KARACHI: Ever since the government rolled back the changes to the rules for clearing of imported used cars on February 23, 2018, a new dispute has emerged between customs clearing agents and terminal operators over the huge demurrage charges that have been incurred during the 141 days as more than 10,000 vehicles remained stranded at the port.

The Customs Agents Association has written to three private terminal operators asking for waiver of all charges for the vehicles that were stranded on their premises. The vehicles could not be cleared due to changes in the clearing rules that took effect while the automobiles were in transit to Karachi port. The operators include Al Hamd, Pak Shaheen Container Services, and National Logistics Cell (NLC).

“We have spoken to customs authorities and they have agreed to grant us a delayed detention certificate, after which the terminal operators are legally required to give us a waiver on demurrage charges,” Mohammad Aamir, Secretary General of the Karachi Customs Agents Association told Dawn. He estimated the total amount of demurrage charges being applied to lie in a range from Rs500 million to Rs1 billion.

Huge demurrage charges have accrued while vehicles are stuck at port due to changes in clearing rules

“This is a burden on trade,” he said referring to the charges. “This is a kind of trade after all, even the used car showroom owners, after all, that is also a trade in a sense”.

The Customs Act of 1969, under Section 14A (2) mandates a refund or waiver of all demurrage charges “received on account of delay because of no fault of the importers or exporters”. This section of the Act was the subject of litigation between the three large terminal operators of Karachi — Qasim International Container Ter­minal (QICT), Pakistan International Container Terminal (PICT), and Karachi International Container Terminal (KICT) — in a case that was filed in November 2013. One of the prayers moved by the petitioners in that case was to “declare Section 14A of the Customs Act 1969 is unconstitutional and void ab initio.” The court granted the request in a short order, so the legality of any case built on the said section is now in doubt.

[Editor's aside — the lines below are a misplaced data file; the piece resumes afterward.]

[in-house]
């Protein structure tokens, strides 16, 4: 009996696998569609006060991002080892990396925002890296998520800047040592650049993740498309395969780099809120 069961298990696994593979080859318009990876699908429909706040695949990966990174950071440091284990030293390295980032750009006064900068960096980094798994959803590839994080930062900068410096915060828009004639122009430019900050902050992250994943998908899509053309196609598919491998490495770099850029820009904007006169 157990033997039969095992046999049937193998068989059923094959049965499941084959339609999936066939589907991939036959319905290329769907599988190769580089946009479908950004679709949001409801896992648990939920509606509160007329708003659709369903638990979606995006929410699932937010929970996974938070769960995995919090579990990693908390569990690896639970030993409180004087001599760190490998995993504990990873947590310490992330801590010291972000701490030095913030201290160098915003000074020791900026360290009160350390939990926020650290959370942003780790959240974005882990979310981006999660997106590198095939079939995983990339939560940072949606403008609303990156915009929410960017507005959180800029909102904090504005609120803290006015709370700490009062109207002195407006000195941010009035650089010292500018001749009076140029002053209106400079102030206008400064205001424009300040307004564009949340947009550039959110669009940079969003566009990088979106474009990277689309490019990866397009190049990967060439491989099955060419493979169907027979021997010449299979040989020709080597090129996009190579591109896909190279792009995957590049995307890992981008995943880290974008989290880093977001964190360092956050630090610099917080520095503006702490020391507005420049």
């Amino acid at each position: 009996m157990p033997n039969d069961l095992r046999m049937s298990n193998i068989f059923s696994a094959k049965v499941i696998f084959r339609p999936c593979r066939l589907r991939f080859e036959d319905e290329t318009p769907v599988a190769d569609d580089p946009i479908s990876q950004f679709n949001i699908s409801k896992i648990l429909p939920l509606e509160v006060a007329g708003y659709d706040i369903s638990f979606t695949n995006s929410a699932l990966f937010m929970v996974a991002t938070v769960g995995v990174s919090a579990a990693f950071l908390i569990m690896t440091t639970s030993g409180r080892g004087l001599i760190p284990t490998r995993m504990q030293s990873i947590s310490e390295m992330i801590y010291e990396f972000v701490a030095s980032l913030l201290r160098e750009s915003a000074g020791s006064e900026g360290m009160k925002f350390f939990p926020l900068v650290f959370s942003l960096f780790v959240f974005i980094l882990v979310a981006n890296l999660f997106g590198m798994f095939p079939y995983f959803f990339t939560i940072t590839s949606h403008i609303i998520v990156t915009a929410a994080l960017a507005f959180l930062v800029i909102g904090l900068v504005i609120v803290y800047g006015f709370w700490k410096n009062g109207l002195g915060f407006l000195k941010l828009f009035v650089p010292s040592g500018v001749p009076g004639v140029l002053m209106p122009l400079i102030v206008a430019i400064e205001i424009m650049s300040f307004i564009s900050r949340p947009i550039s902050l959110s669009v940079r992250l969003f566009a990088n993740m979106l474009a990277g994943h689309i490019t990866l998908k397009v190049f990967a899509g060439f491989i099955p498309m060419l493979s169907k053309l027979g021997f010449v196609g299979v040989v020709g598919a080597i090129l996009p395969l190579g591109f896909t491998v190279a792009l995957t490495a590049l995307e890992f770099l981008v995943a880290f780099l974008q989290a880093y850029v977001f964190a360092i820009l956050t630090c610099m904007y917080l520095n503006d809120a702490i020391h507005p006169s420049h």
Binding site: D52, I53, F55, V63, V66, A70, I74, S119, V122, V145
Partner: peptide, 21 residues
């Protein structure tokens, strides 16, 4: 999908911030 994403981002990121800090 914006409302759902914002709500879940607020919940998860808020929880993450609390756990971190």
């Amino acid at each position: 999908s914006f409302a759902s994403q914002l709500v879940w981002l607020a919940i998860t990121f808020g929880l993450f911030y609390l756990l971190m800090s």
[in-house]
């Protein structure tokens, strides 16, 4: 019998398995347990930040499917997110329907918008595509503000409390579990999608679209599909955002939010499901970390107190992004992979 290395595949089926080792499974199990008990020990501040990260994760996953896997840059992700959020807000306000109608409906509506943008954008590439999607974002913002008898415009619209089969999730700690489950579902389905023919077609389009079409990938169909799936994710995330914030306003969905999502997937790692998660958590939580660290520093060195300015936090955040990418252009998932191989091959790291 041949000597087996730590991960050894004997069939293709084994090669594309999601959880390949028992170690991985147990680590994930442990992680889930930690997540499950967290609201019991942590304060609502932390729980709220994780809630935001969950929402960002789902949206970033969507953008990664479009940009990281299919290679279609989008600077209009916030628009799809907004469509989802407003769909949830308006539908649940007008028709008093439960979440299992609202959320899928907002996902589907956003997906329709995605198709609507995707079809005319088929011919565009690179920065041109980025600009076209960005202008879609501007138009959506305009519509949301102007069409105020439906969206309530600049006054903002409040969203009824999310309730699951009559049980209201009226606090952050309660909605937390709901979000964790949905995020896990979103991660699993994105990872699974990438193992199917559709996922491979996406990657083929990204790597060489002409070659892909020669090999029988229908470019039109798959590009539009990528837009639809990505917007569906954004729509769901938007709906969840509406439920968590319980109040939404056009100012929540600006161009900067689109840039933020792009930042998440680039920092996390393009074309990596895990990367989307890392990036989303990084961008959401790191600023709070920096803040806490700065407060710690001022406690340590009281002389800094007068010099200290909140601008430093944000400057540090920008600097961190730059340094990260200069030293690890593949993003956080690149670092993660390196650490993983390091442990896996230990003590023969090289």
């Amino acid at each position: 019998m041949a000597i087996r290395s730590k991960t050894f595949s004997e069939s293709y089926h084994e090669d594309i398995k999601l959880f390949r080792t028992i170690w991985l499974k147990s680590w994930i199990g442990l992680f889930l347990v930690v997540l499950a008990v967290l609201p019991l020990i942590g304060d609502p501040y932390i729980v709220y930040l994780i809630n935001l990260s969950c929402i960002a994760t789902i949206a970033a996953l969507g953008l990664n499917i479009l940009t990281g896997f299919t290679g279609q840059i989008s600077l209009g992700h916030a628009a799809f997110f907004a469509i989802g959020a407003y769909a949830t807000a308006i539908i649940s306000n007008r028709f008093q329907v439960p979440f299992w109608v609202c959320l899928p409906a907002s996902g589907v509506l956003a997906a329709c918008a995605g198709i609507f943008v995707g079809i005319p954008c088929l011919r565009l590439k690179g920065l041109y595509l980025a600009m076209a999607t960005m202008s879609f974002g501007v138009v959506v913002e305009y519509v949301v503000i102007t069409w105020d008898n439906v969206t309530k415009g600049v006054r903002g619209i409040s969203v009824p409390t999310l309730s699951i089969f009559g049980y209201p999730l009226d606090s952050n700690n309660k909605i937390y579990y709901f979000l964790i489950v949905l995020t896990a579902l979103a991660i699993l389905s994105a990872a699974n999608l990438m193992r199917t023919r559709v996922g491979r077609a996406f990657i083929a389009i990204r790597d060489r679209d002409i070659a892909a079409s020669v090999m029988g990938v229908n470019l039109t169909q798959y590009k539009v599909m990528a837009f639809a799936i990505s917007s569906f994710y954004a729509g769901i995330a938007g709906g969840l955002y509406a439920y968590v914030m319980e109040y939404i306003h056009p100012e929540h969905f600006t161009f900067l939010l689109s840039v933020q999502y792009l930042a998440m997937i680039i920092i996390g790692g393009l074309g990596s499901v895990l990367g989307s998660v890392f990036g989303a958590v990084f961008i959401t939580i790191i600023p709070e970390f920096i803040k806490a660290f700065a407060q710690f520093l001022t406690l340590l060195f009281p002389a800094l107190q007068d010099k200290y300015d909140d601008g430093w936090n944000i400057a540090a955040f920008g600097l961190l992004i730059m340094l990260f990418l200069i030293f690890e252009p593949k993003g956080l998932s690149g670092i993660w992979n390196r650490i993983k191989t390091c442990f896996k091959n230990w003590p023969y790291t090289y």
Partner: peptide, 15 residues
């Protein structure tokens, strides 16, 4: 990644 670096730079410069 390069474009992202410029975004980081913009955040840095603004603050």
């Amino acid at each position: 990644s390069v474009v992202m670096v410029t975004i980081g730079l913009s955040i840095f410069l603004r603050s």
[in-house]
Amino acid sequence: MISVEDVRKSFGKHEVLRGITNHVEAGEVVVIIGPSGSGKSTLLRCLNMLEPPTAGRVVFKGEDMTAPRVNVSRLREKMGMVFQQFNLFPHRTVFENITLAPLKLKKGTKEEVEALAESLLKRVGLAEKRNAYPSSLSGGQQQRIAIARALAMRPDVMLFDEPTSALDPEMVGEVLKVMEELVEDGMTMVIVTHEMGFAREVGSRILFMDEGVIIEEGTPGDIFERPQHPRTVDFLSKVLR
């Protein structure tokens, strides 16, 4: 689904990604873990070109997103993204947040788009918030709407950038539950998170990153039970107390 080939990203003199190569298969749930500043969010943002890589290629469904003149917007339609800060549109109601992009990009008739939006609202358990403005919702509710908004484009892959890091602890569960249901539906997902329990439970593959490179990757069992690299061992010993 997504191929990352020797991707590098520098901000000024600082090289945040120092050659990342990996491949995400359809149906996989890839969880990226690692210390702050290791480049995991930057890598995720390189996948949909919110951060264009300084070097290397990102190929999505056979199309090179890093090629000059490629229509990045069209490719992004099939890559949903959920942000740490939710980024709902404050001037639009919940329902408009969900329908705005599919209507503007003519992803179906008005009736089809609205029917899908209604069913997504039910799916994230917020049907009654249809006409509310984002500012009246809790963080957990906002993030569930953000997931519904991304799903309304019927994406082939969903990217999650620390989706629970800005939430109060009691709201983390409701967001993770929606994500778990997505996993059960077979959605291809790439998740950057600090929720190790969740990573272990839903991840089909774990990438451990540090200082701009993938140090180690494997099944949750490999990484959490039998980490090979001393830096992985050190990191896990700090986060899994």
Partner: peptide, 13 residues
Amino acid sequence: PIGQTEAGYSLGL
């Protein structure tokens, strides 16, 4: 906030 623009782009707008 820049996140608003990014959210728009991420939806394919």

Most of the cars in the dispute are imported under the baggage or transfer of residence scheme, a facility meant only returning expatriates. In noting the widespread abuse of this facility for commercial purposes, the Ministry of Commerce imposed new rules for clearing of vehicles under the schemes that required payment of all duties and taxes on these imports to be made from bank accounts that are in the name of the person shown as the importer.

Those rules practically shut the trade down, leaving up to 10,000 cars stranded at the ports for months till February 23, when the government bowed to the demands of the importers and customs agents and reversed the rules. “The reason is that our local auto industry is not able to meet the requirement of our local markets for cars” said Aamir, when asked how cars imported under these schemes could be said to be part of “trade and industry”.

Local assemblers are giving up to six month delivery times, he said, “and look at where the own money has gone now”. He claimed the government reopened these schemes for commercial importers keeping mind the inability of local auto assemblers to meet the skyrocketing demand for automobiles.

Published in Dawn, March 6th, 2018